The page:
Why is the US dollar strengthening?
The US Dollar Index, which measures the greenback’s exchange rate against six major global currencies, recently surpassed its 20-year high and is currently trading at over 105. It began the year at 96. Three macroeconomic developments have propelled the Dollar Index upwards.
One, US consumer price inflation which was edging up since October 2021 hit 8.6 per cent in May 2022, its highest level since December 1981, driven by high energy and food prices. When inflation rises, interest rates in an economy generally catch up. This makes bond investments in the country more attractive, leading to higher demand for the currency. The yield on the 10-year US government bond has doubled from 1.4 per cent to 2.8 per cent in a year.
Two, after being in denial about the stickiness of inflation until early 2022, the US Federal Reserve has gone into overdrive to quell it with rate increases in recent months. Since March, the Fed has raised its policy rates by 150 basis points. With its recent hawkish pronouncements, market watchers expect it to put through a further 75 basis point hike in July.
Three, with Western central banks closing the tap to easy money and raising rates, the tidal wave of cheap global money originating from these countries, that propelled all risky assets from cryptocurrencies to junk bonds to equities in the private and public markets, has suddenly begun to recede.
This has led to sharp falls in risky assets, prompting a global flight to safety. A majority of global institutional investors are based out of the US. As they withdraw from risky assets and repatriate their money back home, dollar demand surges, further strengthening the Dollar Index.
What does this mean for the Indian rupee?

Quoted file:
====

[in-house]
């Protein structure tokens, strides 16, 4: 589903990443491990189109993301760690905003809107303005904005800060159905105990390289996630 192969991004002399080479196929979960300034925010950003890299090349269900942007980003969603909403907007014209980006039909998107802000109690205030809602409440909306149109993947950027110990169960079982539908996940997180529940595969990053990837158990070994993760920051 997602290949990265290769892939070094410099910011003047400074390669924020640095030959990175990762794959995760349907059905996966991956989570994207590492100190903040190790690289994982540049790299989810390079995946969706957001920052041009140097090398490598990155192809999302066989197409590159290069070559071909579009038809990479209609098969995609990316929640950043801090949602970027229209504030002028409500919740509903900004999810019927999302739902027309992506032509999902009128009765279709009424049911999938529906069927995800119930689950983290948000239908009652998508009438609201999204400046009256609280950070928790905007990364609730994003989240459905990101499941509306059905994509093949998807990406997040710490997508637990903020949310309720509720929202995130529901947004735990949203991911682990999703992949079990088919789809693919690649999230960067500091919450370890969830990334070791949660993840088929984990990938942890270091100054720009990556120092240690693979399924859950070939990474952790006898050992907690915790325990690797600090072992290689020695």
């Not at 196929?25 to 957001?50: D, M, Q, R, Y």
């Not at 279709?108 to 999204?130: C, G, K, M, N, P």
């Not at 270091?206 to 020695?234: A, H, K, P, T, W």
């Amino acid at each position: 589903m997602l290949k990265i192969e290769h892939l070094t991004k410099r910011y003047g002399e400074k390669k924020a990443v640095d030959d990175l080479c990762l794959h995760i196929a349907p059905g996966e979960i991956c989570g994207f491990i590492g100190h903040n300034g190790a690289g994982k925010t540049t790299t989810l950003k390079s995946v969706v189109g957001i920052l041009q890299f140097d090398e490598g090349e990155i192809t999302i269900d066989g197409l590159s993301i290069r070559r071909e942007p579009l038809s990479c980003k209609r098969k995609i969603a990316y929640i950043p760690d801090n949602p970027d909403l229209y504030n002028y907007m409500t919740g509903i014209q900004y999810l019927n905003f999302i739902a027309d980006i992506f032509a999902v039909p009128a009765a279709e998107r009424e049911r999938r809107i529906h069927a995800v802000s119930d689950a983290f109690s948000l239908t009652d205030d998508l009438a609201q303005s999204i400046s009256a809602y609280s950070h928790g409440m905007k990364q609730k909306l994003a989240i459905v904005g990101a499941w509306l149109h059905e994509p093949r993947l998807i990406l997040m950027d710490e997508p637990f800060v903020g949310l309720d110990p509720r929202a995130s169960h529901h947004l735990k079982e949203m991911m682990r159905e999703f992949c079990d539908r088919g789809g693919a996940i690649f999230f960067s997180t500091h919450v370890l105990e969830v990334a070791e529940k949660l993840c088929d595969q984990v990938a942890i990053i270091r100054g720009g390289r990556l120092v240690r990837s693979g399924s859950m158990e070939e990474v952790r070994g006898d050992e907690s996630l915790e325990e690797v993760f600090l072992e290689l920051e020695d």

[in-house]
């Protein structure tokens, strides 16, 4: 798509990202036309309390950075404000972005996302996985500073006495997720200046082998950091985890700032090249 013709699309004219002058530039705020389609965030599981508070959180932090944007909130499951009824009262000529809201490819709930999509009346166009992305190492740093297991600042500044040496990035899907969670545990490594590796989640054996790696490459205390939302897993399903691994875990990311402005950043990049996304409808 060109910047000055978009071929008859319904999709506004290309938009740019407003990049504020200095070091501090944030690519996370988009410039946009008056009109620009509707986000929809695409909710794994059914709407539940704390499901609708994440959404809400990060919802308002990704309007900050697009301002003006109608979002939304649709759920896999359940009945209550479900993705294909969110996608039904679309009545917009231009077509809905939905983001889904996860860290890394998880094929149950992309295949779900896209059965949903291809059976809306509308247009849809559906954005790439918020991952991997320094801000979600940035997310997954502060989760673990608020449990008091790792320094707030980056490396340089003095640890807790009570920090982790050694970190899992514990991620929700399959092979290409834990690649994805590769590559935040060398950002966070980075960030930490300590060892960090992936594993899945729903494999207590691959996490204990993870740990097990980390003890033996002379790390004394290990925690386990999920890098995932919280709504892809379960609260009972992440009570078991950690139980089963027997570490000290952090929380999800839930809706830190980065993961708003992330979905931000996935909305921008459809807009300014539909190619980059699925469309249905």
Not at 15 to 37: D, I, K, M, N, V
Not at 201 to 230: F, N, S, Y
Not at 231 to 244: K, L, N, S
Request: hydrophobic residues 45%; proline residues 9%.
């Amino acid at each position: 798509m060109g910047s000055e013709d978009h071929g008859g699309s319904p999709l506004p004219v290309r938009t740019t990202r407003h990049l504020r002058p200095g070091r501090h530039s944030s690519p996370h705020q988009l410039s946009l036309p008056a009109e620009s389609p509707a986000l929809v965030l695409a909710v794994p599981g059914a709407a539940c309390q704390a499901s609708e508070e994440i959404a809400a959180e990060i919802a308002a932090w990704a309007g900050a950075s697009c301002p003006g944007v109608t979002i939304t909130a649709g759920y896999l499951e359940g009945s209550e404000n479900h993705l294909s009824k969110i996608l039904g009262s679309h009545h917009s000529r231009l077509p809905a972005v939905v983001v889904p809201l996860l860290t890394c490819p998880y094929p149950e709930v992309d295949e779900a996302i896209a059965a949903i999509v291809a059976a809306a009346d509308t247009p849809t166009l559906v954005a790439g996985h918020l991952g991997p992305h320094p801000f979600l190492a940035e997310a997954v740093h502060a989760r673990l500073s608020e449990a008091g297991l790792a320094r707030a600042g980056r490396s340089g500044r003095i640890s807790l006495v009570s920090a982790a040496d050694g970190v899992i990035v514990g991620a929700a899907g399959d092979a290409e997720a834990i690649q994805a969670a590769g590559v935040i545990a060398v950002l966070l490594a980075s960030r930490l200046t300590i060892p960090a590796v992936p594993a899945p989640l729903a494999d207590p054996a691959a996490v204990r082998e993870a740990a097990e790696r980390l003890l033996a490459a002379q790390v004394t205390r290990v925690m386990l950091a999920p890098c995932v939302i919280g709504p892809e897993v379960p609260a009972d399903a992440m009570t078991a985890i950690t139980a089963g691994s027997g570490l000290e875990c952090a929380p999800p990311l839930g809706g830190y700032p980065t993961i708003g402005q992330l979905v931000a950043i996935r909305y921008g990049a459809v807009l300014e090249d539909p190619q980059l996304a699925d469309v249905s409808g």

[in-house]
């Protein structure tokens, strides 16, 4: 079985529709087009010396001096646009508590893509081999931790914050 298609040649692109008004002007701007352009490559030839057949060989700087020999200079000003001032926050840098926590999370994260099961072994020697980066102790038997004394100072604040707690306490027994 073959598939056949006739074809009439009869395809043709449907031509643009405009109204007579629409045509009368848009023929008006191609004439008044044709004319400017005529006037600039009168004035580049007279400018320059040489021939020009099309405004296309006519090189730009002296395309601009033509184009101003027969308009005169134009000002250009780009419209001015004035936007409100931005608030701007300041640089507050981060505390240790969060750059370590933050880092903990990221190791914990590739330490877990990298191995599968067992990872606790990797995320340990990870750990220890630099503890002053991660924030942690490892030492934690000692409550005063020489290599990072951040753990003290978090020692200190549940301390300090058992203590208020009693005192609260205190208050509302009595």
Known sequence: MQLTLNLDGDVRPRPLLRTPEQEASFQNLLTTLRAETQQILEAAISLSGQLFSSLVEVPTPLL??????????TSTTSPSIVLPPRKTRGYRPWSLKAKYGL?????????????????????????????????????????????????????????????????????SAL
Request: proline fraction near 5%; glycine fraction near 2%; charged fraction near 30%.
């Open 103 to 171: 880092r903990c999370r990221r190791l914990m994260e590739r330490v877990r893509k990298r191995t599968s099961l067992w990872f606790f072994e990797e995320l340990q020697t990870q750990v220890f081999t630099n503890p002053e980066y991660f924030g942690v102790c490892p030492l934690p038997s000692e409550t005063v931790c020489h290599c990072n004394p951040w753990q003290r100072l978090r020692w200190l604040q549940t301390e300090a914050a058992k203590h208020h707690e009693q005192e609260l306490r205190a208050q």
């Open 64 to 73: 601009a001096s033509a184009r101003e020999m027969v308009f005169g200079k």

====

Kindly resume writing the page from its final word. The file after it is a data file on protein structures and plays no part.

When the US dollar strengthens, the Indian rupee usually has no choice but to give in. India relies on dollar-denominated imports for over 85 per cent of its crude oil requirements and imports more goods than it exports. Therefore, India’s import bill usually shoots up when the dollar strengthens, increasing the local demand for dollars.
Foreign Portfolio Investor (FPI) pullouts worsen the situation because this further increases the domestic demand for dollars. Since the beginning of the year, the rupee has lost about 6 per cent in value terms against the dollar.
How will this impact India and its economy?
A stronger dollar tends to bloat India’s import bill and widen the deficit between its imports and exports. If this gap gets out of control, it can lead to a balance of payments crisis (though risks of this are low in the current context). Many essential commodities and intermediate goods that India imports also get costlier, thus feeding into domestic inflation.
Recent dollar strength has magnified the impact of recent crude oil and edible oil price spikes on the Indian consumer. Indians who remit money in dollars to support relatives will need to shell out more. A flight to the dollar by foreign investors precipitates a fall in local stock and bond prices.
To stem capital outflows, a fast-depreciating rupee can also force the RBI’s hand in hiking interest rates more quickly or steeply than it originally intended.
How is the RBI handling this situation?
When the rupee slides against the dollar, the RBI has two main weapons to stem the slide. It can put through sharp interest rate hikes in India, to make domestic bonds and gilts more attractive to foreign investors, so that they rethink their pullouts.
Or it can use its large foreign exchange reserves, built up precisely for such contingencies, to intervene directly in the currency market. The RBI has been using multiple routes to add to the supply of dollars in the market. So far this year, it is estimated to have spent over $40 billion out of its reserves to sell dollars and buy up rupees.
It has also been taking sell positions in the dollar in the futures and forward markets. However, the RBI states it won’t stop the rupee from finding its true value through depreciation. Its main intent is to prevent shocks to the economy from a bout of unruly exchange rate volatility.
What is the prognosis for the US dollar and Indian rupee in the near term?
With the Russia-Ukraine conflict persisting, oil prices still on the boil, and no sign of relief on the FPI pullouts, most forecasters expect the rupee to slide further to 80 or even 81 levels against the dollar in the coming months. However, such forecasts can change very quickly if the conflict ends, oil prices cool off, or FPIs suddenly begin to find value at lower levels in Indian equities.
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